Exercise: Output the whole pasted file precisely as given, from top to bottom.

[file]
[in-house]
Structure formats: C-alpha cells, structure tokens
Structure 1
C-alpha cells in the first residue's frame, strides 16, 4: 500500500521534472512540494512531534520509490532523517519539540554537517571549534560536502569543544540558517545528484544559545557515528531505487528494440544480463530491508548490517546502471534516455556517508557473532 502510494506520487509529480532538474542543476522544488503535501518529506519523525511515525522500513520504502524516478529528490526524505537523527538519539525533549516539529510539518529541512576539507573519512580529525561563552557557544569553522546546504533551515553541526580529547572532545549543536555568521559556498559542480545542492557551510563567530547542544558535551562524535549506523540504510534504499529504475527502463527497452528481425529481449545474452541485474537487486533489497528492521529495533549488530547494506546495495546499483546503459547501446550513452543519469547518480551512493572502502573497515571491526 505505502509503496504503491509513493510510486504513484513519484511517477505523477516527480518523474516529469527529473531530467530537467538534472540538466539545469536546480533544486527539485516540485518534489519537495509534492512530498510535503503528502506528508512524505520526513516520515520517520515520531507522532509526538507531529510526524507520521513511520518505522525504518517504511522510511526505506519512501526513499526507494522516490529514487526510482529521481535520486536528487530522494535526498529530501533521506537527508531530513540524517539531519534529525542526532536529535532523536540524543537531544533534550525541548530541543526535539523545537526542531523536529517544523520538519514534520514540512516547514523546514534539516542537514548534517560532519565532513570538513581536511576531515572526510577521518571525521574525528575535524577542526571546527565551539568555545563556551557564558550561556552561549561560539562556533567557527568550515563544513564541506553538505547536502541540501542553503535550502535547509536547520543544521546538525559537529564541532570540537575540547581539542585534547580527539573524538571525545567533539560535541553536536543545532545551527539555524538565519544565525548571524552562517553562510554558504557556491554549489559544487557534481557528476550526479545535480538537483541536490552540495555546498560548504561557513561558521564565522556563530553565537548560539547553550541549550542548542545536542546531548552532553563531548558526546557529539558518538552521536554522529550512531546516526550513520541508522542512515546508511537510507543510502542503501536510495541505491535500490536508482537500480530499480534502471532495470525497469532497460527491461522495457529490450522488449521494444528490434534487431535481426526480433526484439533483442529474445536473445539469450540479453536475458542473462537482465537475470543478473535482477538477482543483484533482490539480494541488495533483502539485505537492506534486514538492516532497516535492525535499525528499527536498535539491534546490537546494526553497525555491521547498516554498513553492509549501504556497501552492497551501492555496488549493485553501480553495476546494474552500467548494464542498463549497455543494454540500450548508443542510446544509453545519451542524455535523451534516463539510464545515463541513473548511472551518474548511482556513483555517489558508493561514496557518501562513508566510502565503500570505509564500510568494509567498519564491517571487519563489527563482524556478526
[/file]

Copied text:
[in-house]
Structure formats: C-alpha cells, structure tokens
Structure 1
C-alpha cells in the first residue's frame, strides 16, 4: 500500500521534472512540494512531534520509490532523517519539540554537517571549534560536502569543544540558517545528484544559545557515528531505487528494440544480463530491508548490517546502471534516455556517508557473532 502510494506520487509529480532538474542543476522544488503535501518529506519523525511515525522500513520504502524516478529528490526524505537523527538519539525533549516539529510539518529541512576539507573519512580529525561563552557557544569553522546546504533551515553541526580529547572532545549543536555568521559556498559542480545542492557551510563567530547542544558535551562524535549506523540504510534504499529504475527502463527497452528481425529481449545474452541485474537487486533489497528492521529495533549488530547494506546495495546499483546503459547501446550513452543519469547518480551512493572502502573497515571491526 505505502509503496504503491509513493510510486504513484513519484511517477505523477516527480518523474516529469527529473531530467530537467538534472540538466539545469536546480533544486527539485516540485518534489519537495509534492512530498510535503503528502506528508512524505520526513516520515520517520515520531507522532509526538507531529510526524507520521513511520518505522525504518517504511522510511526505506519512501526513499526507494522516490529514487526510482529521481535520486536528487530522494535526498529530501533521506537527508531530513540524517539531519534529525542526532536529535532523536540524543537531544533534550525541548530541543526535539523545537526542531523536529517544523520538519514534520514540512516547514523546514534539516542537514548534517560532519565532513570538513581536511576531515572526510577521518571525521574525528575535524577542526571546527565551539568555545563556551557564558550561556552561549561560539562556533567557527568550515563544513564541506553538505547536502541540501542553503535550502535547509536547520543544521546538525559537529564541532570540537575540547581539542585534547580527539573524538571525545567533539560535541553536536543545532545551527539555524538565519544565525548571524552562517553562510554558504557556491554549489559544487557534481557528476550526479545535480538537483541536490552540495555546498560548504561557513561558521564565522556563530553565537548560539547553550541549550542548542545536542546531548552532553563531548558526546557529539558518538552521536554522529550512531546516526550513520541508522542512515546508511537510507543510502542503501536510495541505491535500490536508482537500480530499480534502471532495470525497469532497460527491461522495457529490450522488449521494444528490434534487431535481426526480433526484439533483442529474445536473445539469450540479453536475458542473462537482465537475470543478473535482477538477482543483484533482490539480494541488495533483502539485505537492506534486514538492516532497516535492525535499525528499527536498535539491534546490537546494526553497525555491521547498516554498513553492509549501504556497501552492497551501492555496488549493485553501480553495476546494474552500467548494464542498463549497455543494454540500450548508443542510446544509453545519451542524455535523451534516463539510464545515463541513473548511472551518474548511482556513483555517489558508493561514496557518501562513508566510502565503500570505509564500510568494509567498519564491517571487519563489527563482524556478526